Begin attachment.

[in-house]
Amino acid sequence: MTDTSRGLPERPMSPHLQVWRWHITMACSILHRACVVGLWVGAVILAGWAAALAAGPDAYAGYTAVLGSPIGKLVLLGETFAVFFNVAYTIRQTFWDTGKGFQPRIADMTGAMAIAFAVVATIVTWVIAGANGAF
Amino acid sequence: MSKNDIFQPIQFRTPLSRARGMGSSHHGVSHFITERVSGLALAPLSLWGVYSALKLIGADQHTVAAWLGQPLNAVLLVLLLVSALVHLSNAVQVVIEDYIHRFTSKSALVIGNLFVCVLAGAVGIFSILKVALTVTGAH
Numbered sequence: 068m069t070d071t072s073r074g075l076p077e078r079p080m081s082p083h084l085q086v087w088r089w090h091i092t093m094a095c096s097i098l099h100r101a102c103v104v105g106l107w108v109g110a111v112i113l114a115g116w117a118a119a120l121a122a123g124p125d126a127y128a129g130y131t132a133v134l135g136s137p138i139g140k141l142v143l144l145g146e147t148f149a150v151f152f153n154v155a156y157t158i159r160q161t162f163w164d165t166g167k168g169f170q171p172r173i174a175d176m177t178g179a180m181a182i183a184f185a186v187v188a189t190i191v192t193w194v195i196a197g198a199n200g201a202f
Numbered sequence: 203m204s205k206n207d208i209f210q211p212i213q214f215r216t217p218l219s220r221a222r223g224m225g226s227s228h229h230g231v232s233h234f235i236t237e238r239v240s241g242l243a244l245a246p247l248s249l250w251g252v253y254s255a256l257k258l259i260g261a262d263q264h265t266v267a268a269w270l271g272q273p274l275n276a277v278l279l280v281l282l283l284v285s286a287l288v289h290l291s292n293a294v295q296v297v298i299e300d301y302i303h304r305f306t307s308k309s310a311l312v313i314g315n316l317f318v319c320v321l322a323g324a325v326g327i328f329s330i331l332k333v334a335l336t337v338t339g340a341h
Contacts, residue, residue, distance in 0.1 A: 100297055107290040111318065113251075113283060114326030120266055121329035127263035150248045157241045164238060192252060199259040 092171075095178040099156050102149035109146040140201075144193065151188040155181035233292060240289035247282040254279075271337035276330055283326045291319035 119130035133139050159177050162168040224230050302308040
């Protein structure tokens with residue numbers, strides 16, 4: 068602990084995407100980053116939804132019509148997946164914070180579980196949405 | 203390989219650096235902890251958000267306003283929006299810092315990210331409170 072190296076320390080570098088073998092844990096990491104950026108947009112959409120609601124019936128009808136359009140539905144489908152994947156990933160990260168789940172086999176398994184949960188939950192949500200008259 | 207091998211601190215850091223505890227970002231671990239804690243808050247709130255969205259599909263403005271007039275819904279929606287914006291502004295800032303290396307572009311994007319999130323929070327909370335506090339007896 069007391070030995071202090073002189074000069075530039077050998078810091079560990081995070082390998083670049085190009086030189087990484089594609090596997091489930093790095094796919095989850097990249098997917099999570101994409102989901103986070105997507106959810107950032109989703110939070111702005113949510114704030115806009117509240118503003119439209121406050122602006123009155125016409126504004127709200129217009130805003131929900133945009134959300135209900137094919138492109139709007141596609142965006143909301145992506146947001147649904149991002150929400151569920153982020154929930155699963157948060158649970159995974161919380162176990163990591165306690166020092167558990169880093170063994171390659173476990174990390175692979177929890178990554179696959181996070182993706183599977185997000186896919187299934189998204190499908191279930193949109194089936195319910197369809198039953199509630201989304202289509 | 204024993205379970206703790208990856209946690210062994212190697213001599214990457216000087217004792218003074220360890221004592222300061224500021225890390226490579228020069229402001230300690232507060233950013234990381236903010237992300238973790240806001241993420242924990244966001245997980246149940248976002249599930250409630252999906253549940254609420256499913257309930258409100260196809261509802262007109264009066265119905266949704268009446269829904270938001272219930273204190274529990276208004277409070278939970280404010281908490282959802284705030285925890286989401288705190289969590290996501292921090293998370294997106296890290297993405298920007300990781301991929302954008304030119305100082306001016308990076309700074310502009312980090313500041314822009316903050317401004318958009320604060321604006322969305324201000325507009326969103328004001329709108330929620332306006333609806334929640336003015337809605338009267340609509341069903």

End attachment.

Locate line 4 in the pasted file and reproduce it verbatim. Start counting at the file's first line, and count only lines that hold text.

Numbered sequence: 068m069t070d071t072s073r074g075l076p077e078r079p080m081s082p083h084l085q086v087w088r089w090h091i092t093m094a095c096s097i098l099h100r101a102c103v104v105g106l107w108v109g110a111v112i113l114a115g116w117a118a119a120l121a122a123g124p125d126a127y128a129g130y131t132a133v134l135g136s137p138i139g140k141l142v143l144l145g146e147t148f149a150v151f152f153n154v155a156y157t158i159r160q161t162f163w164d165t166g167k168g169f170q171p172r173i174a175d176m177t178g179a180m181a182i183a184f185a186v187v188a189t190i191v192t193w194v195i196a197g198a199n200g201a202f